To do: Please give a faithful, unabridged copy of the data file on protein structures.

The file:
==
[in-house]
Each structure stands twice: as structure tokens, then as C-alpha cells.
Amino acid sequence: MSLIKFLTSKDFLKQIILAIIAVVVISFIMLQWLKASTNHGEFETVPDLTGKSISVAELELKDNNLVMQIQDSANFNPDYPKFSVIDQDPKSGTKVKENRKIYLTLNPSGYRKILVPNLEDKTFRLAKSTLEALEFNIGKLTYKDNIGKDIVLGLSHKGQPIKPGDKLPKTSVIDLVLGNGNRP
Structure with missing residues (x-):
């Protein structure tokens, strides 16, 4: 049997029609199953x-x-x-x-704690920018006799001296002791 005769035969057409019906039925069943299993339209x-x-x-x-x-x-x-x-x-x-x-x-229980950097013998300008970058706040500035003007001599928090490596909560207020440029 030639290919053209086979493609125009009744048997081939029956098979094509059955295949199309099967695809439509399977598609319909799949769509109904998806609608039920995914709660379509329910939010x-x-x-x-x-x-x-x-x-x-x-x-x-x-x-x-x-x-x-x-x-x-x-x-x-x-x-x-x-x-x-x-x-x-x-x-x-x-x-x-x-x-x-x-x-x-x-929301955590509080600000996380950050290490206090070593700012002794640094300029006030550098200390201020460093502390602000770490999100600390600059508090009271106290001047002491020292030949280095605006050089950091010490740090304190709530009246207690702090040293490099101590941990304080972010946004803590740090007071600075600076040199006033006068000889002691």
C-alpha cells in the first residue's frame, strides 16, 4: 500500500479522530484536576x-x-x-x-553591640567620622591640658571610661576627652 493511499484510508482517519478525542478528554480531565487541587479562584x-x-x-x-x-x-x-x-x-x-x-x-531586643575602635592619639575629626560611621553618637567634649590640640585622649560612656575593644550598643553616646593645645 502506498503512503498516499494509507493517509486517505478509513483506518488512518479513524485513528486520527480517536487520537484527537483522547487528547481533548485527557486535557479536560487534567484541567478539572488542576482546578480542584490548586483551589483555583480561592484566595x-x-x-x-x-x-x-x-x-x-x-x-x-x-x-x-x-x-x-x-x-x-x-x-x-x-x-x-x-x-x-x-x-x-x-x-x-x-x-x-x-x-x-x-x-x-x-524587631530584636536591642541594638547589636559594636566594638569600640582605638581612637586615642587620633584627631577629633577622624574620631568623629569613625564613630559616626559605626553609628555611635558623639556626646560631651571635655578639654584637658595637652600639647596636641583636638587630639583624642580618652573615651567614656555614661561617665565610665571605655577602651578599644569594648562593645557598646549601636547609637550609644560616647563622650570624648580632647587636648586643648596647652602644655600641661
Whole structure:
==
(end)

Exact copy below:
[in-house]
Each structure stands twice: as structure tokens, then as C-alpha cells.
Amino acid sequence: MSLIKFLTSKDFLKQIILAIIAVVVISFIMLQWLKASTNHGEFETVPDLTGKSISVAELELKDNNLVMQIQDSANFNPDYPKFSVIDQDPKSGTKVKENRKIYLTLNPSGYRKILVPNLEDKTFRLAKSTLEALEFNIGKLTYKDNIGKDIVLGLSHKGQPIKPGDKLPKTSVIDLVLGNGNRP
Structure with missing residues (x-):
């Protein structure tokens, strides 16, 4: 049997029609199953x-x-x-x-704690920018006799001296002791 005769035969057409019906039925069943299993339209x-x-x-x-x-x-x-x-x-x-x-x-229980950097013998300008970058706040500035003007001599928090490596909560207020440029 030639290919053209086979493609125009009744048997081939029956098979094509059955295949199309099967695809439509399977598609319909799949769509109904998806609608039920995914709660379509329910939010x-x-x-x-x-x-x-x-x-x-x-x-x-x-x-x-x-x-x-x-x-x-x-x-x-x-x-x-x-x-x-x-x-x-x-x-x-x-x-x-x-x-x-x-x-x-x-929301955590509080600000996380950050290490206090070593700012002794640094300029006030550098200390201020460093502390602000770490999100600390600059508090009271106290001047002491020292030949280095605006050089950091010490740090304190709530009246207690702090040293490099101590941990304080972010946004803590740090007071600075600076040199006033006068000889002691």
C-alpha cells in the first residue's frame, strides 16, 4: 500500500479522530484536576x-x-x-x-553591640567620622591640658571610661576627652 493511499484510508482517519478525542478528554480531565487541587479562584x-x-x-x-x-x-x-x-x-x-x-x-531586643575602635592619639575629626560611621553618637567634649590640640585622649560612656575593644550598643553616646593645645 502506498503512503498516499494509507493517509486517505478509513483506518488512518479513524485513528486520527480517536487520537484527537483522547487528547481533548485527557486535557479536560487534567484541567478539572488542576482546578480542584490548586483551589483555583480561592484566595x-x-x-x-x-x-x-x-x-x-x-x-x-x-x-x-x-x-x-x-x-x-x-x-x-x-x-x-x-x-x-x-x-x-x-x-x-x-x-x-x-x-x-x-x-x-x-524587631530584636536591642541594638547589636559594636566594638569600640582605638581612637586615642587620633584627631577629633577622624574620631568623629569613625564613630559616626559605626553609628555611635558623639556626646560631651571635655578639654584637658595637652600639647596636641583636638587630639583624642580618652573615651567614656555614661561617665565610665571605655577602651578599644569594648562593645557598646549601636547609637550609644560616647563622650570624648580632647587636648586643648596647652602644655600641661
Whole structure: